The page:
Canterbury.—Azure, an episcopal staff in pale or, and ensigned with a cross patée argent surmounted of a pall of the last, charged with four crosses formée fitchée sable, edged and fringed or.

York.—Gules, two keys in saltire argent, in chief a Royal crown or.

Armagh.—Azure, an episcopal staff argent, ensigned with a cross patée or, surmounted by a pallium of the second, edged and fringed or, charged with four crosses formée fitchée sable.

Dublin.—The arms of this archbishopric are the same as those of Armagh, only with five crosses charged on the pallium instead of four.

The arms of the episcopal sees have no attribute at all similar to the charge of the pallium in the coat of an archbishop, and are merely so many different coats of arms. The shield of every bishop and archbishop is surmounted by his mitre, and it is now customary to admit the use of the mitre by all persons holding the title of bishop who are recognised as bishops by the English law.

This, of course, includes Colonial and Suffragan bishops, retired bishops, and bishops of the Episcopal Churches in Scotland and in Ireland. It is a moot point whether the bishops of the Episcopal Churches in Ireland and in Scotland are entitled to make use of the official arms formerly assigned to their sees at a period when those Churches were State-established; but, looking at the matter from a strictly official point of view, it would not appear that they are any longer entitled to make use of them.

The mitres of an archbishop and of a bishop—in spite of many statements to the contrary—are exactly identical, and the mistaken idea which has of late years (the practice is really quite a modern one) encircled the rim of an archbishop's mitre with the circlet of a coronet is absolutely incorrect.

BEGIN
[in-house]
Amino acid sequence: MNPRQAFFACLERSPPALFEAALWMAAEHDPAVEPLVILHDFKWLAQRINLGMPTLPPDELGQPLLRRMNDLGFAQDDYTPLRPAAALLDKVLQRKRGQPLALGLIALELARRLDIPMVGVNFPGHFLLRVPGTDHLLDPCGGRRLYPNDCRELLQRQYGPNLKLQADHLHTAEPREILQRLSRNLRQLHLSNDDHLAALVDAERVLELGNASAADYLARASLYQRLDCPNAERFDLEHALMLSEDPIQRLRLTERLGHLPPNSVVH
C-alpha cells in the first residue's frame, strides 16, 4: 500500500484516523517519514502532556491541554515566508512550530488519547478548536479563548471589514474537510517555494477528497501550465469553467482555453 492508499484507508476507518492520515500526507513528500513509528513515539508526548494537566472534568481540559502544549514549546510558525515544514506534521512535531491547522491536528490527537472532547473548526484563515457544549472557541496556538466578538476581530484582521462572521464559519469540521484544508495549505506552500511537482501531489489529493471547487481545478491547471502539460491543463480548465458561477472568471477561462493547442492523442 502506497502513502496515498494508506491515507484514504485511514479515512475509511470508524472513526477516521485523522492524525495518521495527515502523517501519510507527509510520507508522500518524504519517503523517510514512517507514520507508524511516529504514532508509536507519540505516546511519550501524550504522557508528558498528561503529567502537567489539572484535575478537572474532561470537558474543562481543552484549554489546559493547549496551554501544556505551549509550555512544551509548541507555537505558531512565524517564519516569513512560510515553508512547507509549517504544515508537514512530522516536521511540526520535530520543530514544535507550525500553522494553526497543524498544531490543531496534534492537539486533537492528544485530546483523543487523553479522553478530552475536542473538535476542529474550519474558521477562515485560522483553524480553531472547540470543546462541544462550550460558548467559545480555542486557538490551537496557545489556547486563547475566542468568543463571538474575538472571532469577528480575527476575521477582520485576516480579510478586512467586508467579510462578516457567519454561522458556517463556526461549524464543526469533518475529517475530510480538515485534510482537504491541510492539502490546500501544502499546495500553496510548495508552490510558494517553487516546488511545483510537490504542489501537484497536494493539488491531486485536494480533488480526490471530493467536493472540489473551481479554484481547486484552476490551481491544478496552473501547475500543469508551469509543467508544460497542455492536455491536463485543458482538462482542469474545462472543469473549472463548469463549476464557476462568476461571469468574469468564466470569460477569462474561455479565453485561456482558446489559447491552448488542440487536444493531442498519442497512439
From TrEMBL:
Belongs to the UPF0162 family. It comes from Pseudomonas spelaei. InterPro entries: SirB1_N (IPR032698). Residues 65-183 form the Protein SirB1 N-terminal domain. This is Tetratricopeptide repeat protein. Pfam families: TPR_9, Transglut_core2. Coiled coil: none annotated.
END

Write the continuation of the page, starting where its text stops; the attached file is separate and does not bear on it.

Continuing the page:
There are several forms of mitre which, when looked upon as an ecclesiastical ornament, can be said to exist; but from the heraldic point of view only one mitre is recognised, and that is of gold, the labels being of the same colour. The jewelled variety is incorrect in armorial representations, though the science of armory does not appear to have enforced any particular shape of mitre.

The "several forms" of the mitre—to which allusion has just been made—refer to the use in actual practice which prevailed in Pre-Reformation England, and still holds amongst Roman Catholic bishops at the present day. These are three in number, i.e. the "precious" (pretiosa), the gold (auriferata), and the simple (simplex). The two former are both employed at a Pontifical Mass (being alternately assumed at different parts of the service); the second only is worn at such rites as Confirmation, &c.; while the third (which is purely of white linen) is confined to Services for the Dead, and on Good Friday. As its name implies, the first of these is of cloth of gold, ornamented to a greater or less degree with jewels, while the second—though likewise of cloth of gold—is without any design or ornament. The short Gothic mitre of Norman days has now given place to the modern Roman one, an alteration which, with its great height and arched sides, can hardly perhaps be considered an artistic improvement. Some individual Roman Catholic bishops at the present day, however (in England at any rate), wear mitres more allied to the Norman and Gothic shape.